Although I’ve never been river rafting, I’m extremely fascinated by it. I love listening to stories friends tell about their adventures on the rapids; just looking at photos and watching videos makes my stomach do somersaults. It’s one of those things that scares me so much that I think someday I might try it.
One of the things that intrigues me most as I watch river rafting videos is how—even with the speed, the unpredictability, the anxious exhilaration of the rapids—there is still a sense of peace. I think it has something to do with the fact that no matter how wild the ride, the raft is always going with the flow of the river. It always moves downstream.
I heard Esther and Jerry Hicks explain the power of “downstream” in their audio book, “The Astonishing Power of Emotions.” The gist of it was this:
Achieving, true success and happiness in life can be like going downstream in a canoe on a river. You don’t need to be paddling your boat against the flow all of the time.
To be honest, I thought it sounded like laziness when I first heard it. That response came from an old, limiting paradigm that said “if I’m not constantly doing something, then I am lazy and I don’t deserve to rest; I don’t deserve to enjoy my life because I haven’t made it to “that level” yet. As soon as I get to that level, then I can relax. And that is missing the point.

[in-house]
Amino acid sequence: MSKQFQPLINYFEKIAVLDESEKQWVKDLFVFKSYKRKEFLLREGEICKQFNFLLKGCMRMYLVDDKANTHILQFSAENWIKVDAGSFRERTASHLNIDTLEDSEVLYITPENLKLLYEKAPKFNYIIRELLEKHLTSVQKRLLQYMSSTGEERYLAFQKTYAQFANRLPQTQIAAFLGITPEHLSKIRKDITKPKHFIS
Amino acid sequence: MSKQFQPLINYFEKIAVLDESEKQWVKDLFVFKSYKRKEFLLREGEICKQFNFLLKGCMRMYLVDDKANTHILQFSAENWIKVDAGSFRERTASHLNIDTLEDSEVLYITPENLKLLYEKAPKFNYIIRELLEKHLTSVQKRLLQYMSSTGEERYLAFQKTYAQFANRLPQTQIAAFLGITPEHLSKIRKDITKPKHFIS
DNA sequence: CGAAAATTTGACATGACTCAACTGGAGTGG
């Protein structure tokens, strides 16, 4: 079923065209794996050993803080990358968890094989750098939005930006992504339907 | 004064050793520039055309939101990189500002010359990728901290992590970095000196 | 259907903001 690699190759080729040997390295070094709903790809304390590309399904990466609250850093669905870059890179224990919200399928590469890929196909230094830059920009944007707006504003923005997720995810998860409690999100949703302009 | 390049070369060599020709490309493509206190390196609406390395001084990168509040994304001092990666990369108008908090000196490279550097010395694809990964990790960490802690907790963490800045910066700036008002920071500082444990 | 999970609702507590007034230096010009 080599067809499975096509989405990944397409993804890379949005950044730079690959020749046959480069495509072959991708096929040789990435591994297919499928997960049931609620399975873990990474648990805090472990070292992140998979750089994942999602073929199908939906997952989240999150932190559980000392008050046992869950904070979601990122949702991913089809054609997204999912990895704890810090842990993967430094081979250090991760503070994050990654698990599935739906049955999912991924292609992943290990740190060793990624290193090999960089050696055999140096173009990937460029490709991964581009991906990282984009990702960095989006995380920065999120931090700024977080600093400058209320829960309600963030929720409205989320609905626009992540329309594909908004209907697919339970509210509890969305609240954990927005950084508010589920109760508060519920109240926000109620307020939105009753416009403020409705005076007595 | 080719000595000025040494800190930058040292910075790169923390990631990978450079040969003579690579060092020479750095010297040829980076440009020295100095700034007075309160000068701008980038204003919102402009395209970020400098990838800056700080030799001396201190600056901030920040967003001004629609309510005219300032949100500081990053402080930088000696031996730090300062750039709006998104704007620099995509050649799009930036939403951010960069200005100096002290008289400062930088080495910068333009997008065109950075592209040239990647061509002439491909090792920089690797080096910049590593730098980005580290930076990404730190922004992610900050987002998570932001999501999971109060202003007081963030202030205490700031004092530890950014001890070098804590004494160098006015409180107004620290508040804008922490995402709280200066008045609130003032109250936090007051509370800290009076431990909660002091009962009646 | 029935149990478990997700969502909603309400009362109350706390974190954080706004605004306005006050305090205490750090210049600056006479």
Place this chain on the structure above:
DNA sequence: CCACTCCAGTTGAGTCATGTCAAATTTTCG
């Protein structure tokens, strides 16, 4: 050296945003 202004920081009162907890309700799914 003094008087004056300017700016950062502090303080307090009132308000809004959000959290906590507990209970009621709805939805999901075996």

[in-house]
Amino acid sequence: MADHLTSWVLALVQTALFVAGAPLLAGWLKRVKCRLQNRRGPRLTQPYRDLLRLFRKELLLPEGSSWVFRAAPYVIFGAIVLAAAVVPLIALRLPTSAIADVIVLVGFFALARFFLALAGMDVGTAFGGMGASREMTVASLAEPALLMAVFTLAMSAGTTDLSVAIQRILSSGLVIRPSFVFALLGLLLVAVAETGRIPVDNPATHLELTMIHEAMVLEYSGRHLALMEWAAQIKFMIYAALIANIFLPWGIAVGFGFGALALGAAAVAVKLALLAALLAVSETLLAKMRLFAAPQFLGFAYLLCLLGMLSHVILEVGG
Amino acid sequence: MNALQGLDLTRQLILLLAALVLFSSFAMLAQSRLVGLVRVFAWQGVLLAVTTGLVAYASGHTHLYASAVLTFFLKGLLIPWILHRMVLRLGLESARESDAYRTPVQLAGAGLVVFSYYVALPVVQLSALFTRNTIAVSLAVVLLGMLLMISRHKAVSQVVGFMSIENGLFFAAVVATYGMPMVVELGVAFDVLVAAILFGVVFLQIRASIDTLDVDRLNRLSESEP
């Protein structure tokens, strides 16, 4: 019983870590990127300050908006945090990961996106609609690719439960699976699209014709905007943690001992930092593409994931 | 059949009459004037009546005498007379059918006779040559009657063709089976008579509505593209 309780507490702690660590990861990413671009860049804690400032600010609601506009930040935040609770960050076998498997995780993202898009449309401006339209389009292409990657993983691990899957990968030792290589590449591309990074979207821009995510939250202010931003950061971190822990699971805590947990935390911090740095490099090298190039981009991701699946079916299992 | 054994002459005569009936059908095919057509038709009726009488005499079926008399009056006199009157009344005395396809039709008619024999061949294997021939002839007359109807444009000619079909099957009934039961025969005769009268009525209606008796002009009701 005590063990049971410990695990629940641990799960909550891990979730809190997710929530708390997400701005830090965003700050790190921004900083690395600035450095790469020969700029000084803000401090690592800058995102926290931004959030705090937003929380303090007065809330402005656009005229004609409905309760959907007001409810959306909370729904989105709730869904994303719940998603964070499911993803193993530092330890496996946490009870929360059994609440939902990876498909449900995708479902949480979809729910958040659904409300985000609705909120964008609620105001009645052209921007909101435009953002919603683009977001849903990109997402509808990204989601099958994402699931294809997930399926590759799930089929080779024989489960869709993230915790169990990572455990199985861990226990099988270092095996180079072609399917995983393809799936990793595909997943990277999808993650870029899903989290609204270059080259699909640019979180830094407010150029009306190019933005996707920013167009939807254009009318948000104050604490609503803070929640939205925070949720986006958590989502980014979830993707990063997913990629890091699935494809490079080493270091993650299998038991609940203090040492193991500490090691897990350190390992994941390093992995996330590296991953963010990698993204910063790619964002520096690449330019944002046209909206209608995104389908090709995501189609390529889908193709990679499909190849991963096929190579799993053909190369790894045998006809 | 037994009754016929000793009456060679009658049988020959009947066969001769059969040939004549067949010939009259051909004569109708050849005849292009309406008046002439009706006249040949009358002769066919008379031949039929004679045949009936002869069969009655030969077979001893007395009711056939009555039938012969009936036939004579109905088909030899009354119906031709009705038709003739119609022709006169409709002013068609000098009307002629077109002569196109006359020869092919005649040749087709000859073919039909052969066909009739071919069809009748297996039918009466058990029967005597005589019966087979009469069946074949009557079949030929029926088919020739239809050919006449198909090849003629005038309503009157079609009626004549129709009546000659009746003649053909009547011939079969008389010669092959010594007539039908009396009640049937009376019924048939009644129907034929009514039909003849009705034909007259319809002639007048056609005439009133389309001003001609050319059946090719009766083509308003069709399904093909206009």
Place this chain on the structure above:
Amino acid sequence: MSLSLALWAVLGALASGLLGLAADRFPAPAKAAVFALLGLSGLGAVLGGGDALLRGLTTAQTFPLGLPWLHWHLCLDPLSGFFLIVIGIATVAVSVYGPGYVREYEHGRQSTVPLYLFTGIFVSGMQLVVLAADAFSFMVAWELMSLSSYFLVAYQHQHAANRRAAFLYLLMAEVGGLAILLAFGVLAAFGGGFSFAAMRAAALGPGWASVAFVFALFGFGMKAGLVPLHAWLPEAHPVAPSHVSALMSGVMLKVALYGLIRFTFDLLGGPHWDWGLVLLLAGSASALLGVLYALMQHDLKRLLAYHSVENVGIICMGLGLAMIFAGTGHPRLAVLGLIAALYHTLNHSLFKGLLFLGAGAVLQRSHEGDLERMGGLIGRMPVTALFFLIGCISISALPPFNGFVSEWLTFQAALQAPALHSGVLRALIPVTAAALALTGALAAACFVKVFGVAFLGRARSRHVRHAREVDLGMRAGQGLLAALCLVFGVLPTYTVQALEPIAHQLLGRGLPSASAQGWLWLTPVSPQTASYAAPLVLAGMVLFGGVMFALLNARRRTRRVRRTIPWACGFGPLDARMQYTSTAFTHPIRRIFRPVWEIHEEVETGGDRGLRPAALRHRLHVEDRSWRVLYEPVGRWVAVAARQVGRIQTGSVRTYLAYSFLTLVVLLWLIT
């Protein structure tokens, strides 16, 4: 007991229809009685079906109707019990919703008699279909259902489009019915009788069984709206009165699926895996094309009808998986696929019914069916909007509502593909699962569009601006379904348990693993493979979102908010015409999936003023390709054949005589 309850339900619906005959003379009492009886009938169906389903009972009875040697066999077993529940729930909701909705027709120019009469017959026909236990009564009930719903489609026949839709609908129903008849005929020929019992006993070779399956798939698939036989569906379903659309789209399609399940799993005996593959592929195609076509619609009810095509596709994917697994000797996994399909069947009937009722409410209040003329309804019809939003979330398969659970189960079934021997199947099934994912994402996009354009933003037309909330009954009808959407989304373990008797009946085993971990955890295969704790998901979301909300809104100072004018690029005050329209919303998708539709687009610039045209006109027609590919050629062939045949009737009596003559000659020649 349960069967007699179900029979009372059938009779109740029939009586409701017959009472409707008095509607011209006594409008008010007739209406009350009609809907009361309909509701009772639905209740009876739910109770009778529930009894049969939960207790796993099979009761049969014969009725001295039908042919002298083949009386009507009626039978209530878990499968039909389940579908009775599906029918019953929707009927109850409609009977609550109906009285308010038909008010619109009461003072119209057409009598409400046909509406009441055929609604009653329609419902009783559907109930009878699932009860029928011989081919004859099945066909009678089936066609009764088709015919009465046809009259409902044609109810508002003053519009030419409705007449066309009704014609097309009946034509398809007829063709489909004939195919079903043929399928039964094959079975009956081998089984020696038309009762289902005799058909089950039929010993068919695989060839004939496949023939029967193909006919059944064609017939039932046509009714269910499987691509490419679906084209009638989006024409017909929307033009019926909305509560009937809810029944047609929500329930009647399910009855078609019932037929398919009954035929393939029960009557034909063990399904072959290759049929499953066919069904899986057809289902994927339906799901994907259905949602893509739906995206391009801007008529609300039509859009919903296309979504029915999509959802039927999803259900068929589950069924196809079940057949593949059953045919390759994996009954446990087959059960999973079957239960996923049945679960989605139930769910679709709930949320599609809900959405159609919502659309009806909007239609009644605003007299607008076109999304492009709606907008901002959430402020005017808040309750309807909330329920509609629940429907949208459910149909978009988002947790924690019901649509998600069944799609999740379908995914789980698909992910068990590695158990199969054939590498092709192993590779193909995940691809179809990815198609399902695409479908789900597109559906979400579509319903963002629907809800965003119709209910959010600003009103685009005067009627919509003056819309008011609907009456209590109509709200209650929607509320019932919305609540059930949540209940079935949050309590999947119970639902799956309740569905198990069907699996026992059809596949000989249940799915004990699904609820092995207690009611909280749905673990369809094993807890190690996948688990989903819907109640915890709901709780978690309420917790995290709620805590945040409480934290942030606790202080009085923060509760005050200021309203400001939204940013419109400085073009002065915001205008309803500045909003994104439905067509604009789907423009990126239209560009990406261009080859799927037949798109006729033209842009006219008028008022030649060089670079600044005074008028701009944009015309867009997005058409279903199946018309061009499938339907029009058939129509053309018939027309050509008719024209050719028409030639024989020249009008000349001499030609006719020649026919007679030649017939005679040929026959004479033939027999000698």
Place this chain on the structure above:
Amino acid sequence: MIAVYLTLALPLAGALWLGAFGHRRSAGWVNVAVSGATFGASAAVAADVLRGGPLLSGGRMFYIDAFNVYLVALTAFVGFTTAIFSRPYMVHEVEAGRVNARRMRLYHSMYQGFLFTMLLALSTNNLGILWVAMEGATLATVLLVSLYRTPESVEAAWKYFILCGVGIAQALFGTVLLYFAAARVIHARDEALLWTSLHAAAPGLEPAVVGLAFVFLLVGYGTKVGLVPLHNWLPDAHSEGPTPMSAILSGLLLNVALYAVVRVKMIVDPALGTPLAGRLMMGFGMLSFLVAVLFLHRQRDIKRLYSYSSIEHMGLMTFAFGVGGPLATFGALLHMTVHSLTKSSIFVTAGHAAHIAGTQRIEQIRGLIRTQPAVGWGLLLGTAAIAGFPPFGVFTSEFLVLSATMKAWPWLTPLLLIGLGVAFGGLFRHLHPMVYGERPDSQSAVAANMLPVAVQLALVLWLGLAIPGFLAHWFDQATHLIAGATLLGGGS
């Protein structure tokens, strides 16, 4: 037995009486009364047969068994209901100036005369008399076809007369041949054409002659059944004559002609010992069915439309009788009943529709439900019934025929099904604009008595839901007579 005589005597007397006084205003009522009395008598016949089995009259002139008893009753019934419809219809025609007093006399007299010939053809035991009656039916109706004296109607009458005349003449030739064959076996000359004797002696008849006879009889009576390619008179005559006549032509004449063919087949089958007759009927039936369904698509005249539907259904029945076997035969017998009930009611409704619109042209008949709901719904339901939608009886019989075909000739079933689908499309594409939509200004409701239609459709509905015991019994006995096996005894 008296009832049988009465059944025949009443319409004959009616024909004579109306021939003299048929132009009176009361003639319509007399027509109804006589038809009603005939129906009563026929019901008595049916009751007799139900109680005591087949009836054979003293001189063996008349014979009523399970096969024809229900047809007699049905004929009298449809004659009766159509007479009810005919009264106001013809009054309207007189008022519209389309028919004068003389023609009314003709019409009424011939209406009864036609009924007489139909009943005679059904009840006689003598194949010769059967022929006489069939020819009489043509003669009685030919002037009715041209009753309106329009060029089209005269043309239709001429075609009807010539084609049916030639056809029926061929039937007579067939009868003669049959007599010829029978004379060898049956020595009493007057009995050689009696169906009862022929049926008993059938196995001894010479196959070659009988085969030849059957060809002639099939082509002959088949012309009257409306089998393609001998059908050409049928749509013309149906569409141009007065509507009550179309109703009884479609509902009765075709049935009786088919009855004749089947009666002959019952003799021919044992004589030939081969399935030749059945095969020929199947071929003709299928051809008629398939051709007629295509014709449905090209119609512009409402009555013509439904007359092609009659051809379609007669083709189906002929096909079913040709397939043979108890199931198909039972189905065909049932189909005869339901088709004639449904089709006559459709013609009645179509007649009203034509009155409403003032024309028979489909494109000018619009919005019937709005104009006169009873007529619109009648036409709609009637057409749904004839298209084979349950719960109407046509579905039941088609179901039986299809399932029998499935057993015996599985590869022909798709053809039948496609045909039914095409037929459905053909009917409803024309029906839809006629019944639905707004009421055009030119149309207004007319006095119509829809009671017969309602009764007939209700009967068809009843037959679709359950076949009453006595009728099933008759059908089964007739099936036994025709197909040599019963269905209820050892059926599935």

“The most common misunderstanding that prevents people from getting control of a situation and gaining their personal balance is the belief that ‘I need to get where I want to be right now or as quickly as possible.'” -Esther Hicks
There are some who might argue, “Because if I don’t hurry and get where I want to go, I’m going to be stuck in this frustration forever, and I don’t like how it feels. I wanna get to where I wanna be, so I don’t have to struggle anymore.” Truth is, we will always struggle. We will always have something to “struggle” with because we are always progressing—always. Human beings are progressive beings, and if we don’t have something to “struggle” toward, we won’t be happy. (Click here to hear what Tony Robbins has to say about Progress.)
“Thinking that we need to get there as quickly as possible is a misunderstanding. We certainly understand your desire to find the answers to your questions quickly, so when you feel an urgency to be somewhere else, you are pushing hard against where you are. That is upstream. But an even more important flaw in the premise you are beginning from is this: in your belief that you must hurry to be in an improved place, you are discounting the power of the Stream–its speed, its direction, and its promise–and in the forgetting of those things, you are definitely pointing in the opposite direction of who you truly are and all that you have become.”
The urge to move faster than you have strength or to move faster than you are works against you. It creates a friction inside of you–which is a feeling that you don’t want. It doesn’t feel good, and the feeling we are all going for is to feel good—on one level or another—so when we are fighting inside of ourselves, we are actually attracting more fighting ourselves about because What we focus on grows. Feeling is the secret. Our focus is determined by the way that we feel—not by what we put on a vision board. Of course having a vision is important. However, your thoughts and feelings must match.